Review: The Verdict - Guilty! Courtroom drama is gripping

The VerdictThe Verdict
The Verdict
BEFORE the lights have even dimmed, the action has started in Middle Ground Theatre Company’s gripping production of The Verdict.

Washed up Boston lawyer Frank Galvin, played by soap favourite Ian Kelsey, is in his office, preparing for the case that will either make him or break him.

Separated from his wife and kids and with a love of whisky as well as a dearth of cases, he has become an ‘ambulance chaser’ in his attempts to make the dollars he needs to pay his bills.

Hide Ad
Hide Ad

As Kelsey slips effortlessly into character, so the story unfolds, a tragic tale of medical malpractice that has left a young mother in a persistent vegetative state.

When Mrs McDaid, a heart-wrenching performance from Anne Kavanagh, hires Galvin to discover what really happened to her daughter Deborah Ann on the operating table, the lawyer finds himself becoming more embroiled in the case than he could ever have imagined.

Owned by the Catholic Church, a scandal at the hospital is the last thing Bishop Brophy needs and so an out of court settlement of $300,000 is offered.

When Galvin declines, there’s only one option left, to go to court.

Hide Ad
Hide Ad

But has he really got what is required to take on the best lawyers the church’s money can buy?

Consequently, having set the scene in Act One, the second act takes place in the courtroom as the evidence is heard and prosecution and defence lawyers battle for their desired verdict.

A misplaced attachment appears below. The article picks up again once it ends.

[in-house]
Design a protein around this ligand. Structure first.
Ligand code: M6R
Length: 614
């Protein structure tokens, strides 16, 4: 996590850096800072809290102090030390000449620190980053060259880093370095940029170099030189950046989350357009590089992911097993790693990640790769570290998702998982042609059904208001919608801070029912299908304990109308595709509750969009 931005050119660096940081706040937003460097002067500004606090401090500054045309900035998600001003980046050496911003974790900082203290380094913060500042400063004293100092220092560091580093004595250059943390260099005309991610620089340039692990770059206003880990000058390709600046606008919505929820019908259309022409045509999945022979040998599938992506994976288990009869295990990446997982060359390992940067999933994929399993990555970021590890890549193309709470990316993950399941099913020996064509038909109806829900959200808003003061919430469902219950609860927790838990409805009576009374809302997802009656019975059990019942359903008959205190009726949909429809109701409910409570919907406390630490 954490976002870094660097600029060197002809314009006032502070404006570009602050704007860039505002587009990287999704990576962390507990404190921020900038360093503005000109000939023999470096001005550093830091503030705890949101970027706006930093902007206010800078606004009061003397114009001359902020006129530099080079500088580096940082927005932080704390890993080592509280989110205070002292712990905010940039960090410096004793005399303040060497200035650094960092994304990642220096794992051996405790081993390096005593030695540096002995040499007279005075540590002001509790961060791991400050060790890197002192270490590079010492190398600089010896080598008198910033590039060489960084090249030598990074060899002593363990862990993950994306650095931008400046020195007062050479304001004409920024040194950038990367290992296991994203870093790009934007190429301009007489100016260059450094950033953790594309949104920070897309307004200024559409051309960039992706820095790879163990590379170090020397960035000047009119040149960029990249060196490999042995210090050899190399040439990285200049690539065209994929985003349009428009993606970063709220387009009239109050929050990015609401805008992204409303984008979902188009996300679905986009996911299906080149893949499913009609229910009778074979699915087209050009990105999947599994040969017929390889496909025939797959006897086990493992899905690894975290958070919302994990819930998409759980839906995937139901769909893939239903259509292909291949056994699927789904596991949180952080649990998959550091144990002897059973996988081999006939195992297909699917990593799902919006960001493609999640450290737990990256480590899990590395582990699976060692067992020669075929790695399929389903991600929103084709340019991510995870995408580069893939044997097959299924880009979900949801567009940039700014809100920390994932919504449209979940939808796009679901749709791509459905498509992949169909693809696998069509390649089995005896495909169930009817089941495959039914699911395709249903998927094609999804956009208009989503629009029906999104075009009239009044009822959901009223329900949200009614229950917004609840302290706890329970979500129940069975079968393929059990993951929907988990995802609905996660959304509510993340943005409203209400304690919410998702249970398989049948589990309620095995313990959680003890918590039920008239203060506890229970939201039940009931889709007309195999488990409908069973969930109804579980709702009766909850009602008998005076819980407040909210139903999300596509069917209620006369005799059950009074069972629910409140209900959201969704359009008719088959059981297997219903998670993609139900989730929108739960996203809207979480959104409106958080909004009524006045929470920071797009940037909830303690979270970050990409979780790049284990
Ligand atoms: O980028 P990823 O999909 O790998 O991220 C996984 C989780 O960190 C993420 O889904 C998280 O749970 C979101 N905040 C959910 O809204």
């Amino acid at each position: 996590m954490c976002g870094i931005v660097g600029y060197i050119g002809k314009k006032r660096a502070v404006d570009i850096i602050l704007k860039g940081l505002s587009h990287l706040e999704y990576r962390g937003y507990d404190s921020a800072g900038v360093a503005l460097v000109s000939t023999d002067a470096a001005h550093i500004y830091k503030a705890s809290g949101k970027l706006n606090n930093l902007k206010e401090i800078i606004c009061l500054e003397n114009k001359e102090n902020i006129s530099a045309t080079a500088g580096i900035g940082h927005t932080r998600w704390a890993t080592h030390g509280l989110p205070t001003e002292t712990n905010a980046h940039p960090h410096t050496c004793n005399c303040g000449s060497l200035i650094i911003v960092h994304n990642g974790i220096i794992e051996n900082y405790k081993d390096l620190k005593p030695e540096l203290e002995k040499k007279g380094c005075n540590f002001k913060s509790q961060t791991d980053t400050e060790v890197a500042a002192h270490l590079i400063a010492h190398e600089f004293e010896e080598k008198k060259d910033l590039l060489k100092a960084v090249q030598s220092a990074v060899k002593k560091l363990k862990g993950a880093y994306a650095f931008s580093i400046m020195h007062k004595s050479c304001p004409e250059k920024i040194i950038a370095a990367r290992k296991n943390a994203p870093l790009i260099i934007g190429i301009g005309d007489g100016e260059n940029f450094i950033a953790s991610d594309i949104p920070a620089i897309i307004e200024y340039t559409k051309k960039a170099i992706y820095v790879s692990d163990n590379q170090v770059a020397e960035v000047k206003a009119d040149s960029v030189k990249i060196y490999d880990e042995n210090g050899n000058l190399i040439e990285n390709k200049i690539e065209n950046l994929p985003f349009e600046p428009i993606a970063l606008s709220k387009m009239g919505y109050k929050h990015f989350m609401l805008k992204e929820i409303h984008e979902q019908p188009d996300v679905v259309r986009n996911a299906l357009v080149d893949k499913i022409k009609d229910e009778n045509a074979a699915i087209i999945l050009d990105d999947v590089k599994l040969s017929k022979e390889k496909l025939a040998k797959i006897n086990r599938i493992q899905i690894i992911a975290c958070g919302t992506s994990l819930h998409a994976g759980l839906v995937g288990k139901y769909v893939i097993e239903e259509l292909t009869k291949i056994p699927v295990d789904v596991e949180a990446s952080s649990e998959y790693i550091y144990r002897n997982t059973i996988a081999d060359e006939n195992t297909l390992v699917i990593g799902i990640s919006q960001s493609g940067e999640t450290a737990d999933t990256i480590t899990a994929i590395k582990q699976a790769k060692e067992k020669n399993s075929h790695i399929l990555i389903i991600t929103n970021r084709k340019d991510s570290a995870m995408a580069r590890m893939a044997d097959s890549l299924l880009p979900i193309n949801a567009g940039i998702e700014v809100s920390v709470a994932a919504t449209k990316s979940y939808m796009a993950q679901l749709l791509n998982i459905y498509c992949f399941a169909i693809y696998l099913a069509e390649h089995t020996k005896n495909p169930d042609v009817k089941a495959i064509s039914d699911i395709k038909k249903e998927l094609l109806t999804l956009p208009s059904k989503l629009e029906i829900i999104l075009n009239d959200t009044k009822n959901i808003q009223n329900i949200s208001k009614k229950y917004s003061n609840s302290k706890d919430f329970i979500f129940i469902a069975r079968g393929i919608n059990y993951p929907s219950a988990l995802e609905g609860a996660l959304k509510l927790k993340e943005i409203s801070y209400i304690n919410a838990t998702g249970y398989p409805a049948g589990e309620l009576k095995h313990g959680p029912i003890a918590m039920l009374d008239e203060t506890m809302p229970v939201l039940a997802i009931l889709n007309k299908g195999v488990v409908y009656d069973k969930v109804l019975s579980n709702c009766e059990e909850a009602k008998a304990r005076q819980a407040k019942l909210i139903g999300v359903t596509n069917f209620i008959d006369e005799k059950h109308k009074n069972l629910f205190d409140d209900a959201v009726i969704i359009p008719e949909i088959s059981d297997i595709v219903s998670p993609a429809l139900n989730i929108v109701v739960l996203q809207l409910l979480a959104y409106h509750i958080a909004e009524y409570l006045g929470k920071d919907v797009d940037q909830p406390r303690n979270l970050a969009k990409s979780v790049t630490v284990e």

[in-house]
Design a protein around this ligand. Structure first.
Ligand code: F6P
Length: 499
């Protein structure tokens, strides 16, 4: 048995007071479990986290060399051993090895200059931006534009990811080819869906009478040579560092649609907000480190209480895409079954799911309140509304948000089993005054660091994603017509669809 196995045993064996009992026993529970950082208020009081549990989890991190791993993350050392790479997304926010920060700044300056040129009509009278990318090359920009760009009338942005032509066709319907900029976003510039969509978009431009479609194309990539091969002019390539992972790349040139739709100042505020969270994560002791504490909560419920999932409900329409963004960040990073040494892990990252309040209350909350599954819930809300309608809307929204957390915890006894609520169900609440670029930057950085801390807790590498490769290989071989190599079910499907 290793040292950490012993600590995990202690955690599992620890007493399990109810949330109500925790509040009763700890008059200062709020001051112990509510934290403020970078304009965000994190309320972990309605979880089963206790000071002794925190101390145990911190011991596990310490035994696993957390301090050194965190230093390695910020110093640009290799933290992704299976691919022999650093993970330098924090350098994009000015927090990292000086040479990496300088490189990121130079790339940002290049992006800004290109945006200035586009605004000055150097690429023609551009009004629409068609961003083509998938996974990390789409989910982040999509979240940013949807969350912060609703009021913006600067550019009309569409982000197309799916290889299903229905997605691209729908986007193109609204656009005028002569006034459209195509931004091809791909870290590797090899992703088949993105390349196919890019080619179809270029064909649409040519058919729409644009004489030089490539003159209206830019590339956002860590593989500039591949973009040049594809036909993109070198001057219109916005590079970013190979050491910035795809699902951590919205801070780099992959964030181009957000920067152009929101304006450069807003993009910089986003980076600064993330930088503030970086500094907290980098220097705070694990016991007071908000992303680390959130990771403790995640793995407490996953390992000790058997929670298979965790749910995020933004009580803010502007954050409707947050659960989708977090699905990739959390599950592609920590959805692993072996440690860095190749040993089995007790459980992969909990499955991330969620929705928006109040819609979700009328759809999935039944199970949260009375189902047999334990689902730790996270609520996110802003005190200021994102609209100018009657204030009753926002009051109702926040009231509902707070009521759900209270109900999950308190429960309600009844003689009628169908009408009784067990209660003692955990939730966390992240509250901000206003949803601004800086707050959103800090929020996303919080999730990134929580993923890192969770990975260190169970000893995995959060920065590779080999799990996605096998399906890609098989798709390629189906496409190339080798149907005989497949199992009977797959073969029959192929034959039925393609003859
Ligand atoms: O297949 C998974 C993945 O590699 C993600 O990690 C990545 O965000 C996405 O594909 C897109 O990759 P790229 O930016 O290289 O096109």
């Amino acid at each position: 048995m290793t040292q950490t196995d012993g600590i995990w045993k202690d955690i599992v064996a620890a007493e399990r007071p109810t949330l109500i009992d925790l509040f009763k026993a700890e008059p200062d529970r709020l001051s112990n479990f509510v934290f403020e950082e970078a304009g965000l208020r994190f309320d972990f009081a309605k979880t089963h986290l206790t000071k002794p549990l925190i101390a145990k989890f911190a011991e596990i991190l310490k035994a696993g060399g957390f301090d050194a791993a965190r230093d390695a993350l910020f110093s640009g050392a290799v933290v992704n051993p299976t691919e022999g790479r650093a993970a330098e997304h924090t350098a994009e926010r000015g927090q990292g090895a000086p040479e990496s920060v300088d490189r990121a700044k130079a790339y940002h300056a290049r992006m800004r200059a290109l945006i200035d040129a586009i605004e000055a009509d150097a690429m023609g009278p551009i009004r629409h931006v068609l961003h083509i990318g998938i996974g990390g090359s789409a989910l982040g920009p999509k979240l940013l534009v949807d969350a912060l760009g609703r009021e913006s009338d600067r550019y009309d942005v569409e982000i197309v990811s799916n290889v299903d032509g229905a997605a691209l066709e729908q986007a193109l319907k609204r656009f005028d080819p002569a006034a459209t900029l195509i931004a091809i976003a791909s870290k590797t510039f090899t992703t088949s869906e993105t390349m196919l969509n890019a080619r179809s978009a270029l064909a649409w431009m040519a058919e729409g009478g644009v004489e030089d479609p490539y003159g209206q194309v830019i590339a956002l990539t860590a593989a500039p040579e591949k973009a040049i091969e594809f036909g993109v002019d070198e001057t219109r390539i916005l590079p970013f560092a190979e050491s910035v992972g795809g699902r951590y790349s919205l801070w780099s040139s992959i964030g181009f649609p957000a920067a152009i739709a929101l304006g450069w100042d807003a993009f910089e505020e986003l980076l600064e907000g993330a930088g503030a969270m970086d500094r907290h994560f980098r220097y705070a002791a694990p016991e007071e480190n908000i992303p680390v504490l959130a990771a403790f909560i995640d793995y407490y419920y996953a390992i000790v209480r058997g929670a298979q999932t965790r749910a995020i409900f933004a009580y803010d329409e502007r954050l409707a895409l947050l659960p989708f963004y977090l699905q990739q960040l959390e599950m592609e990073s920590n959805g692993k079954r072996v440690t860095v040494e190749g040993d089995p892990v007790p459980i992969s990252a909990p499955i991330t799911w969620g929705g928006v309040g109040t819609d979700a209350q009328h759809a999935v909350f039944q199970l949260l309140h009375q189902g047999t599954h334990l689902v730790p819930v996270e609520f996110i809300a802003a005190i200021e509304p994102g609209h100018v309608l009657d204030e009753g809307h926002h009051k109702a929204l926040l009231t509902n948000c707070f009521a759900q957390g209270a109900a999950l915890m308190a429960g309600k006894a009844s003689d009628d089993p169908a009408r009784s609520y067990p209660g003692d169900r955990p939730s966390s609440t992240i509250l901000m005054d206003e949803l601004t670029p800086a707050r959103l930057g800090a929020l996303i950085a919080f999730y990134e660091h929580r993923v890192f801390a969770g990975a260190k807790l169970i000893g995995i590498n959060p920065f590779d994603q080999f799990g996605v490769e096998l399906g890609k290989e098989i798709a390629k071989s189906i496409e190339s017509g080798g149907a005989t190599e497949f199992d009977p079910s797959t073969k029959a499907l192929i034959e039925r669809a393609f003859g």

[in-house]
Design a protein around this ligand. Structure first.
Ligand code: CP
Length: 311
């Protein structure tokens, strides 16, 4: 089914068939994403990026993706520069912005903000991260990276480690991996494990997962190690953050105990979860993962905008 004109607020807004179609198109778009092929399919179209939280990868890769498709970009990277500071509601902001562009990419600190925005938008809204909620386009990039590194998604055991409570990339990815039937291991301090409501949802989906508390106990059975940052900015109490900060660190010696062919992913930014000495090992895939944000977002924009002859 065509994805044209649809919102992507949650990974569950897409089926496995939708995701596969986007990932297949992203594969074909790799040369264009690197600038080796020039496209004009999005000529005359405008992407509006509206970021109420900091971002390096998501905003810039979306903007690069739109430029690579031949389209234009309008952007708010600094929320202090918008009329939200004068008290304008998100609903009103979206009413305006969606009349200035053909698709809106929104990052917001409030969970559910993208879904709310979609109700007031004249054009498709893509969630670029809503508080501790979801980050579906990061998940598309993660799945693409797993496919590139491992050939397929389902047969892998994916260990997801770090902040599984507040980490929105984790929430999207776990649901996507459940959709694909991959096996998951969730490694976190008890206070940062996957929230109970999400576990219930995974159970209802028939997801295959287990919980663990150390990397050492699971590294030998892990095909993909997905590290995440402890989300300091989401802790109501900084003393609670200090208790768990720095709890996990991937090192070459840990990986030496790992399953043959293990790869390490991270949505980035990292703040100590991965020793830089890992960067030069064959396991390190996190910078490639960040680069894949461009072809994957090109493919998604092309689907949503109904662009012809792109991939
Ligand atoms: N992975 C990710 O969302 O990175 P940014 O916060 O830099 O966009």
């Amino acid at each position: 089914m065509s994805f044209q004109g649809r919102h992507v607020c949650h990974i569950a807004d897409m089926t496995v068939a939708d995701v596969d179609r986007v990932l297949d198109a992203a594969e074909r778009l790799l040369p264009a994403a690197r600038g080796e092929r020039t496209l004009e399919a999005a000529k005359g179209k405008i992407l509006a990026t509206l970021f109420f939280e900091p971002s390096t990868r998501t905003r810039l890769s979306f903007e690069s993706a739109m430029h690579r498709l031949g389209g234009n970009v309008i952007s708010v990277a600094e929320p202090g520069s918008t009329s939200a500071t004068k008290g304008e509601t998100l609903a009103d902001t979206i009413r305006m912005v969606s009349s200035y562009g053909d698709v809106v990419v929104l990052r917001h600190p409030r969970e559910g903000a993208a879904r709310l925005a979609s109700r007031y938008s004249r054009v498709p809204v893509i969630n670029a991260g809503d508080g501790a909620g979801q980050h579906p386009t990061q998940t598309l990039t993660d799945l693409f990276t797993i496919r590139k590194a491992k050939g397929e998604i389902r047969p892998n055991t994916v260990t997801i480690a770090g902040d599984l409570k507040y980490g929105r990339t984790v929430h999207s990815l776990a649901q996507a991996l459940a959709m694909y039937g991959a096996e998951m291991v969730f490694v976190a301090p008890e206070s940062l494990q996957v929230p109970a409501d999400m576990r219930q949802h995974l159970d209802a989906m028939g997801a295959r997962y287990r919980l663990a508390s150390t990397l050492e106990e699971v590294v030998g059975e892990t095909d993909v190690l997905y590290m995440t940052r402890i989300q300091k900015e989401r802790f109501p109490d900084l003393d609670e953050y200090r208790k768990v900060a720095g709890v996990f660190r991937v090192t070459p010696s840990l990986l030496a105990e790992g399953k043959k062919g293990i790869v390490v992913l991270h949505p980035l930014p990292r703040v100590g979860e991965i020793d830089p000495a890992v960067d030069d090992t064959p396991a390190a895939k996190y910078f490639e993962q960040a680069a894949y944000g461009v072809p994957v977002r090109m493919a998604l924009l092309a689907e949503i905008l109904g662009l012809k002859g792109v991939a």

Kelsey gives Galvin a damaged charm that brings out the paternal instinct of his old friend and mentor Moe Katz - an acting master-class from veteran of stage and screen Denis Lill, in an utterly convincing performance.

Together, their exchanges crackle with energy as they deliver Barry Reed’s concise dialogue.

Hide Ad
Hide Ad

A true ensemble piece, the sheer wealth of experience and talent on stage becomes apparent in the courtroom scenes where a verbal game of cat and mouse ensues.

The trial is overseen by the cantankerous Judge Eldrege Sweeney, an unrecognisable Richard Walsh, who earlier doubled as Bishop Brophy.

That you can hear the proverbial pin drop as Kelsey delivers his emotionally charged summing up is a testament to the power of the piece.

As for the verdict, well, you’ll have to discover that for yourself,.. but do expect a twist or two along the way.

Run ends Saturday 4 May

Related topics: